Jonathan Woolf

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MusicWeb International 1 October 2021

Holbrooke Late Piano Works

The music on this album dates from the composer’s later years, and are largely based on themes from his earlier successes. The inspiration for Holbrooke’s music was almost always literary; hence, the large number of symphonic poems and pieces with literary titles or subtitles in his work list.

The 8 Nocturnes, Op. 121 employ material from some of Holbrooke’s most successful and popular earlier works. The music critic Ernest Newman, in an often quoted appreciation of the composer written in 1902, wrote that “…Holbrooke can do quite easily and unconsciously what [Richard] Strauss has only done half a dozen times in his career – he can write a big, heartfelt melody that searches us to the very bone…”, and these Nocturnes display Josef’s gift for lyricism. The two Fantasie-Sonatas, Opp. 124 & 128 respectively, are important and substantial works from Holbrooke’s later years. The first is closely based on the opening movement of the Dramatic Choral Symphony ‘Homage to E.A. Poe’, Op. 48 (1902-1907), but skilfully adapted for pianistic effectiveness. The second Fantasie-Sonata, ‘Destiny’, does not recycle earlier material: it is an entirely original composition of two movements. Based on the slow movement of the fine Horn Trio, Op. 28 (1902), Cambrian Ballade No. 4 Op. 104 Maentrog commences in the lilting character of a berceuse. A more animated central section leads to an ardent reprise of the opening theme and a coda like a sudden shower of rain. It is tempting to think that in this composition the composer looked back wistfully to a period when his creative fires burned brightly and his talents were recognized by the musical world.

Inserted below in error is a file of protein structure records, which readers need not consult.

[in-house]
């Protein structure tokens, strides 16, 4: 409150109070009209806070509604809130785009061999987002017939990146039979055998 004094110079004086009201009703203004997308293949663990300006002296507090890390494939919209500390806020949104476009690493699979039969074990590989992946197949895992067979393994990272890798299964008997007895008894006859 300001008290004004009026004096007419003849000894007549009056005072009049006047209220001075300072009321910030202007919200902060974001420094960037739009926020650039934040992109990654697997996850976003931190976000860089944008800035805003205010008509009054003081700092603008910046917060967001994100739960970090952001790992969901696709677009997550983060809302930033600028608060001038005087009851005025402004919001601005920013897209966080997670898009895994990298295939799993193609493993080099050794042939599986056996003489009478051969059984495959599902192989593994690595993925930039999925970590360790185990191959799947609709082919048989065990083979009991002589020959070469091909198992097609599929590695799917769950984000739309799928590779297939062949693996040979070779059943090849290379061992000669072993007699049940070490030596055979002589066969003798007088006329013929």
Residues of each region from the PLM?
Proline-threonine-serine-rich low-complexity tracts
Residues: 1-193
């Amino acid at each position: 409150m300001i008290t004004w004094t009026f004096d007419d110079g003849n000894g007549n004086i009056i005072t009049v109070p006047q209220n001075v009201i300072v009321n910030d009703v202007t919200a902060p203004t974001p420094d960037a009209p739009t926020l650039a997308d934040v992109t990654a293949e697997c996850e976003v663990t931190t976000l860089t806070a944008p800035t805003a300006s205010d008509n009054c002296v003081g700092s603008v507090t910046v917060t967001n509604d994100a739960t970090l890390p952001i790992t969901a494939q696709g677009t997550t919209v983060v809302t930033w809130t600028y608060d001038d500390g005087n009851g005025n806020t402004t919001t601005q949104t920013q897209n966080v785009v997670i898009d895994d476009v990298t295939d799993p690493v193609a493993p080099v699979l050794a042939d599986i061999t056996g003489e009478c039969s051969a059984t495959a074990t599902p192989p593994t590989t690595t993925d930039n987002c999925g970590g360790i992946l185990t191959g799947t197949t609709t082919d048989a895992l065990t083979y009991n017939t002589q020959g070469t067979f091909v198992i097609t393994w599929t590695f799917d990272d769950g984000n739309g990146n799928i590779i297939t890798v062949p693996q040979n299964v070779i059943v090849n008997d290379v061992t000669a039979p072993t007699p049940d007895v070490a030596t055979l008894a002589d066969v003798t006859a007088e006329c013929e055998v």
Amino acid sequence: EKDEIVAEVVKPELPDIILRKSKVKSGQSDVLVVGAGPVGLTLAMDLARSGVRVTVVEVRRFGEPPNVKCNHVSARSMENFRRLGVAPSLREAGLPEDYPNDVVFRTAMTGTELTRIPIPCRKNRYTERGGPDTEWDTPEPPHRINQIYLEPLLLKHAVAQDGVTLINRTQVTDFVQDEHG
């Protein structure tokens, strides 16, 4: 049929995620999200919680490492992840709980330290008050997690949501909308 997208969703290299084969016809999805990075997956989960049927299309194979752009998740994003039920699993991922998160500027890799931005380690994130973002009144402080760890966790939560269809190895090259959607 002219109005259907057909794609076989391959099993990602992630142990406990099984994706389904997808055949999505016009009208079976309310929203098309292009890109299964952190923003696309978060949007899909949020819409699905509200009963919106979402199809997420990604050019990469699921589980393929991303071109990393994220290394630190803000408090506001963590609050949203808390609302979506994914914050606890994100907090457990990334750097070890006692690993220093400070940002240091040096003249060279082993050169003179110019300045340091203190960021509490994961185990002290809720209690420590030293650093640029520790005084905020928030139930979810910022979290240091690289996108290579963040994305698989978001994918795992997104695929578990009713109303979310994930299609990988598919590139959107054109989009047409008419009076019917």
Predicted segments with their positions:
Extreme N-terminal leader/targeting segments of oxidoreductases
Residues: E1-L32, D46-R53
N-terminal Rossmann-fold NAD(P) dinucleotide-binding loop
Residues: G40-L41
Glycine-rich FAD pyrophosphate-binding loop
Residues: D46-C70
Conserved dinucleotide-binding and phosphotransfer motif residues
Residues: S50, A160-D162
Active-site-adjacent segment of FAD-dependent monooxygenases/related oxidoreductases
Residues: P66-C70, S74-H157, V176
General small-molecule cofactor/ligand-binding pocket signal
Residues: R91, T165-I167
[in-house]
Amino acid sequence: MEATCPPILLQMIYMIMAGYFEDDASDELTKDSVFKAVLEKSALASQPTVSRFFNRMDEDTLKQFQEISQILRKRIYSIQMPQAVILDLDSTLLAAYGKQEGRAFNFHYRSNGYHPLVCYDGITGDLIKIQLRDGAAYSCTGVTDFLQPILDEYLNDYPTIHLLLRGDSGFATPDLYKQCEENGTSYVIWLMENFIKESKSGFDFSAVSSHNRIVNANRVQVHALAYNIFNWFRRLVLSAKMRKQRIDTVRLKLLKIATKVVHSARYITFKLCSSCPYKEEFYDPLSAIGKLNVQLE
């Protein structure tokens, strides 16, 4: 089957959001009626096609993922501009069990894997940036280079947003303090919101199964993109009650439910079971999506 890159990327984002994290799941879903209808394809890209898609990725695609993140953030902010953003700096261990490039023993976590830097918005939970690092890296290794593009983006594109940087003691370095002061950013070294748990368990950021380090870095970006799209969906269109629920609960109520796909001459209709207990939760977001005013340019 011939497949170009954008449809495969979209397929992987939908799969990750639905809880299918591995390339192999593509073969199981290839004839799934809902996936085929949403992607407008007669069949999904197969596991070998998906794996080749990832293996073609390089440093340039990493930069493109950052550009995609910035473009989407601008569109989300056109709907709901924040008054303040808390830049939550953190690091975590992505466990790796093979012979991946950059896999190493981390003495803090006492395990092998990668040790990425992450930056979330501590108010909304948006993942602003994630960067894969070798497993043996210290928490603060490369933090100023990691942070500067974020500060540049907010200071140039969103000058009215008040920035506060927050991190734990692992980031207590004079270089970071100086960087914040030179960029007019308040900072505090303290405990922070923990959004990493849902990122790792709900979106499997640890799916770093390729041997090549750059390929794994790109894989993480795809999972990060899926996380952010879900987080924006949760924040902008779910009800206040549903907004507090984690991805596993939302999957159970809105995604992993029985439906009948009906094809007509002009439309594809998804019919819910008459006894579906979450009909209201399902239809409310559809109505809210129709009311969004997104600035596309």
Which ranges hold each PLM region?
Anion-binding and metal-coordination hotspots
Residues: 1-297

[Gareth Vaughan]